Chaplain George F. Adams
J. B. Magruder’s Virginia Division
11th, 17th, & 57th Virginia
By Dr. H. Rondel Rumburg
One political figure of the newly formed Confederacy said that the chaplains should only be paid $300 a year because they only preach one sermon a week. Little known to this wag was the real task of the chaplain, which was virtually endless. Some chaplains left accounts of their labors which were similar to the duty of a pastor except with the complications of war and the threat to life almost daily. Not only did many preach many times on a Lord ’s Day, but also during the week, speaking at graveside services, visiting the dying on battlefield and in hospitals, marching all night or marching sixteen to eighteen miles in all kinds of weather, holding services upon arrival in the form of prayer meetings or preaching, distributing literature, writing condolence letters, making reports, collecting funds to assist in the needs of the wounded, building or assisting in building shelters, fighting personal sickness or carrying the burdens of family needs at home, reading Scripture to those who could not do so, dressing wounds, nursing the sick, hungering for lack of food or because it had been given away to a suffering soldier and on we could go with the tasks.
When the war first began ministers of all ages wanted to be of help and realizing the spiritual need sought to help. Some of them found that the infirmities of age greatly limited them so they eventually had to find other ways of helping. This was evident in the number of chaplains in their 50s and 60s that spent only part of 1861 and 1862 as chaplains. The task of the chaplain was ominous and not one sermon a week as the squirrelly politician supposed. Now we want to look at one of those aged chaplains.
Before the War
George F. Adams was born in Dorchester, Mass. on October 3, 1802 and he died in Baltimore, Maryland on April 16, 1877. His father, Seth Adams, moved to Ohio in 1805, when George was very young, settling first in Marietta and afterwards in Zanesville, Ohio.
It pleased the Lord to bring George to Christ as his Lord and Saviour and to repent of his sins. Rev. George C. Sedgwick led him in believer’s baptism in 1812.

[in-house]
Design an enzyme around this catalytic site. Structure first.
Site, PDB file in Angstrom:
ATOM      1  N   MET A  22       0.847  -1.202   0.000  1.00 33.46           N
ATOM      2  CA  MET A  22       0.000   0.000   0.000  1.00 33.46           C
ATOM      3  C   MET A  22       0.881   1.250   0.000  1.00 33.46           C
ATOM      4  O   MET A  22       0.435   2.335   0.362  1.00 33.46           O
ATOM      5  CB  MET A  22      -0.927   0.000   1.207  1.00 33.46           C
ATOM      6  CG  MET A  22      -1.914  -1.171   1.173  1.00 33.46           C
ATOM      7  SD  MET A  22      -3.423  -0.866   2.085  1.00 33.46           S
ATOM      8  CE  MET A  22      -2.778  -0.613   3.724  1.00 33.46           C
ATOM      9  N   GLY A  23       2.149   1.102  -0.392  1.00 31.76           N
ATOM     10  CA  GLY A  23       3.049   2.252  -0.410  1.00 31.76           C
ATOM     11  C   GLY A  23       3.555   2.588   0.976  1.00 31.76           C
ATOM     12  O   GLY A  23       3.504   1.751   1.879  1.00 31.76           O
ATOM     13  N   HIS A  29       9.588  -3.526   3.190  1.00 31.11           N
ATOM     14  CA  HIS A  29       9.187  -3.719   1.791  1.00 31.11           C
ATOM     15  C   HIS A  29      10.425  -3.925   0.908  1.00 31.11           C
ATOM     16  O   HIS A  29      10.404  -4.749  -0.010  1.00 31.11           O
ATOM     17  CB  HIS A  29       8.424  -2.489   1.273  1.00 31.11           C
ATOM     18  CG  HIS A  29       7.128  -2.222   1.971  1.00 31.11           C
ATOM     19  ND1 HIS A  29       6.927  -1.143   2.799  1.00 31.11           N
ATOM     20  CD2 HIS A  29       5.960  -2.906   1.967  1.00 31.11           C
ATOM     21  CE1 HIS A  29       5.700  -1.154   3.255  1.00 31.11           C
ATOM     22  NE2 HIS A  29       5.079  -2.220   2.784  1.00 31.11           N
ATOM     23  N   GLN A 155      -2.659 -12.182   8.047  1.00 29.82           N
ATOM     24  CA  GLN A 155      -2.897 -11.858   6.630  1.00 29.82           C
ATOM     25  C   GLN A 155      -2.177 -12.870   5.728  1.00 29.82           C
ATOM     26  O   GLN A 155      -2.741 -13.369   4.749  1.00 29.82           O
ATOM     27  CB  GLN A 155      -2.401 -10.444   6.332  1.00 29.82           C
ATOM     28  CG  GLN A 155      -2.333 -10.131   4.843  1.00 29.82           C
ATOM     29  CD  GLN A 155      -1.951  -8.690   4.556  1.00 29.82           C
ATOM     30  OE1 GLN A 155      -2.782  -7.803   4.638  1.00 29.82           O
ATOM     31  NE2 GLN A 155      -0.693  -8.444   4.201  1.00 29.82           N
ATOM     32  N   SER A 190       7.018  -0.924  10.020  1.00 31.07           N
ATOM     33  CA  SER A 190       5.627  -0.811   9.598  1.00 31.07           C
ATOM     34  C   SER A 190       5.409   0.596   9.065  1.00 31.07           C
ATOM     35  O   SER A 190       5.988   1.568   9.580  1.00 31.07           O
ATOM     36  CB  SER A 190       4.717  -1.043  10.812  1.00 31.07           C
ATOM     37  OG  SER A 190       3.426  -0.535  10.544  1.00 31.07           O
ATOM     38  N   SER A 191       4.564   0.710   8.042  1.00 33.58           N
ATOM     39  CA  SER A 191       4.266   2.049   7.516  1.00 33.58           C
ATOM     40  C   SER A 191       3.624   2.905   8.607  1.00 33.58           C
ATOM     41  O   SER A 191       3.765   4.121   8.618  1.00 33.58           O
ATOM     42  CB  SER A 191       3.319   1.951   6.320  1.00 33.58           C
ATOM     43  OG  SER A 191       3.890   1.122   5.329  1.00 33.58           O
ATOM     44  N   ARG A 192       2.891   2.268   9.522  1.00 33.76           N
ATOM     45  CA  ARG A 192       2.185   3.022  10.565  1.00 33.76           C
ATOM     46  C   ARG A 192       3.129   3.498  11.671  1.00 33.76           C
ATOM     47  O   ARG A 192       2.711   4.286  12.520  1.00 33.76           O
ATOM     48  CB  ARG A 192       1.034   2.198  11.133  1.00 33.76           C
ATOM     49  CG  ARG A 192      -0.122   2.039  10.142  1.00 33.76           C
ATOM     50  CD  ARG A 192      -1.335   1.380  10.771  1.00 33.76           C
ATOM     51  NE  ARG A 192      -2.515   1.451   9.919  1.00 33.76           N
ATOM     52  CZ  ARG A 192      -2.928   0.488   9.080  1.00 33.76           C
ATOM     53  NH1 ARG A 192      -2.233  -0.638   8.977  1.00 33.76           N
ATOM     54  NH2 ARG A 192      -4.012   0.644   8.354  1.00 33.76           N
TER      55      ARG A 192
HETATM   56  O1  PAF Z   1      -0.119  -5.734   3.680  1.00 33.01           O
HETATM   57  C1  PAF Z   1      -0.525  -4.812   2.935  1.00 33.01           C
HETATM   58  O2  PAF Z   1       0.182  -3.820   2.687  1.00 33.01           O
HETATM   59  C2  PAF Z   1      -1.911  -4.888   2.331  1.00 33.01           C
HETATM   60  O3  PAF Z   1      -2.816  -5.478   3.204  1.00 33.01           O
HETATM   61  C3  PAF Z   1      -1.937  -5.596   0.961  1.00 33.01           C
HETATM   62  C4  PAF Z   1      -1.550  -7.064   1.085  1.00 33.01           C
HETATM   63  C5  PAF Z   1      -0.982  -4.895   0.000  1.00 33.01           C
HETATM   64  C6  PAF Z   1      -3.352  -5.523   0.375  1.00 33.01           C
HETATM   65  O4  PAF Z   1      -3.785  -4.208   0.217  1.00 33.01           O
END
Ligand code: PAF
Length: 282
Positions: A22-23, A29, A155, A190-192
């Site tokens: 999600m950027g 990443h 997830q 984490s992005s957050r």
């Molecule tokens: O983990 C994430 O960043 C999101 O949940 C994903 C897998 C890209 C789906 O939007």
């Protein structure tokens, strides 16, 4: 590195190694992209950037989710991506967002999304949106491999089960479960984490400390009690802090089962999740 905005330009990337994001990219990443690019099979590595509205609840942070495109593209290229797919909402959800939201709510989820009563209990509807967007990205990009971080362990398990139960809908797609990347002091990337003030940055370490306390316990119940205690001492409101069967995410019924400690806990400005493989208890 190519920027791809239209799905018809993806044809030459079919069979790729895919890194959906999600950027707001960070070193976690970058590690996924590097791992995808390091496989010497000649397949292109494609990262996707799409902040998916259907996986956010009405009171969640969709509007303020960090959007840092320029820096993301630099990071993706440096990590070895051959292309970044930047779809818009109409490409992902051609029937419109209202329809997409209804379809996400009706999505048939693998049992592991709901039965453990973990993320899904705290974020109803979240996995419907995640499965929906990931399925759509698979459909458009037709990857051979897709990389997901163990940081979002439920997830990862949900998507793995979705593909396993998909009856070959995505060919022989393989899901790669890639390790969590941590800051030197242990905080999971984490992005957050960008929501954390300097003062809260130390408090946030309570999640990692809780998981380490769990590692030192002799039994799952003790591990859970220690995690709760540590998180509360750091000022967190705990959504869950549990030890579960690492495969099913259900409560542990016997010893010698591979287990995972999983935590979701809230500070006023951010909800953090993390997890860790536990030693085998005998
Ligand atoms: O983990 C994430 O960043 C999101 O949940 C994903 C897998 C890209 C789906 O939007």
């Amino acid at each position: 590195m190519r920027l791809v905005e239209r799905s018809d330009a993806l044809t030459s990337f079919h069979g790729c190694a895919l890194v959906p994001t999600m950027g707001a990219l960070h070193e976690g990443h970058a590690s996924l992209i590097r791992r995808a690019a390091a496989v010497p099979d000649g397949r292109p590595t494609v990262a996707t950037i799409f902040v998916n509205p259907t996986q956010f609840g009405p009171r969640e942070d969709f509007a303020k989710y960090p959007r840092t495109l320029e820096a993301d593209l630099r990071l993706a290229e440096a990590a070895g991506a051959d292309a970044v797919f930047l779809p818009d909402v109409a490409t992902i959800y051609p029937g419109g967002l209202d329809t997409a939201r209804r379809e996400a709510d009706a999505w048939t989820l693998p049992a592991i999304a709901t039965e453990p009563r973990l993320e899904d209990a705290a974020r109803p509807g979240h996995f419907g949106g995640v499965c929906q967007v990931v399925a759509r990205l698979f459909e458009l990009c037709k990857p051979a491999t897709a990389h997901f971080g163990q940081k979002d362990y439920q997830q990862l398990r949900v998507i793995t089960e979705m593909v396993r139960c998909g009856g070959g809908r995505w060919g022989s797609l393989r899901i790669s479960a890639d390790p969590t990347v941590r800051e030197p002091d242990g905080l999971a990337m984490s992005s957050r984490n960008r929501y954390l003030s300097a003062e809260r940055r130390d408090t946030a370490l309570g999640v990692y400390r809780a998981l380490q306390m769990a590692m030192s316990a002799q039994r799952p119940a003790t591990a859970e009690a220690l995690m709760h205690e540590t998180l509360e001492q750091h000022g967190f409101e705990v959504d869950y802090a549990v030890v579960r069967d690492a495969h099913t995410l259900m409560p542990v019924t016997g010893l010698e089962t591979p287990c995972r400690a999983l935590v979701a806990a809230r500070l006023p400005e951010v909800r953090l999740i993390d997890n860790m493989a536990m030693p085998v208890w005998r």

When George was twenty the Lord called him into the ministry and he was licensed to preach in 1822. This young man with the call of God upon his life entered the preparatory school of the Columbian College, Washington DC in 1824. He graduated from the college in 1829. Then he served as principal of the college (1829-1830) and thirty years later Columbian College bestowed the Doctor of Divinity degree on him. He also pastored a group that formed E Street Baptist Church from 1829-1830. Adams was ordained at the Navy Yard Baptist Church in Washington DC on April 22, 1827.
Several of George Adam’s vacations while in college were spent with Rev. Robert Ryland as a missionary in Eastern Virginia. From 1830 to 1835 Rev. George Adams was principal of a female institute in Falmouth, Virginia, and he also assisted, the famous Virginia Baptist historian, Rev. R. B. Semple the pastor of the Baptist church in Fredericksburg; Rev. Adams became the pastor until December 1835 while he was supplying the pulpit in Falmouth.
Rev. Adams came to Baltimore, Maryland in January 1836 because he had been called to Calvert Street Baptist Church (later known as High Street Church). This pastorate continued for seven years and was described as “with great distinction and rich success.” He also served as the Corresponding Secretary of the Maryland Baptist Union Association and was Moderator of that body for thirteen years. He was one of the primary men who helped found the Maryland Baptist Union Association and lived to see it flourish.
In 1842 he was general missionary for the State of Maryland. In this task he was seeking to stimulate the local churches. In 1843 he preached to the Baptist assemblies at Hereford, Gunpowder and Forest. In 1848 he accepted the pastorate of the Second Baptist Church, Baltimore, where, during 13 years, he labored with great success.
In the spring of 1861 Rev. George F. Adams began the first of two pastorates of Hampton Baptist Church. Just one month before the War of Northern Aggression began the church had 187 white members and 949 black members. Just after the outbreak of the war Colonial Hampton, Virginia became the first town to be torched by its own inhabitants to keep it out of enemy hands. Some Confederate soldiers burned their own homes and many others, plus 130 businesses, the courthouse and churches. The meeting house of the Hampton Baptist Church was burned. An observer reported: “The church was burning like a furnace and the flames were belching out of its steeple like an inferno … it seemed as if hell itself had broken lose and all its fiery demons were pouring oil on the flames.”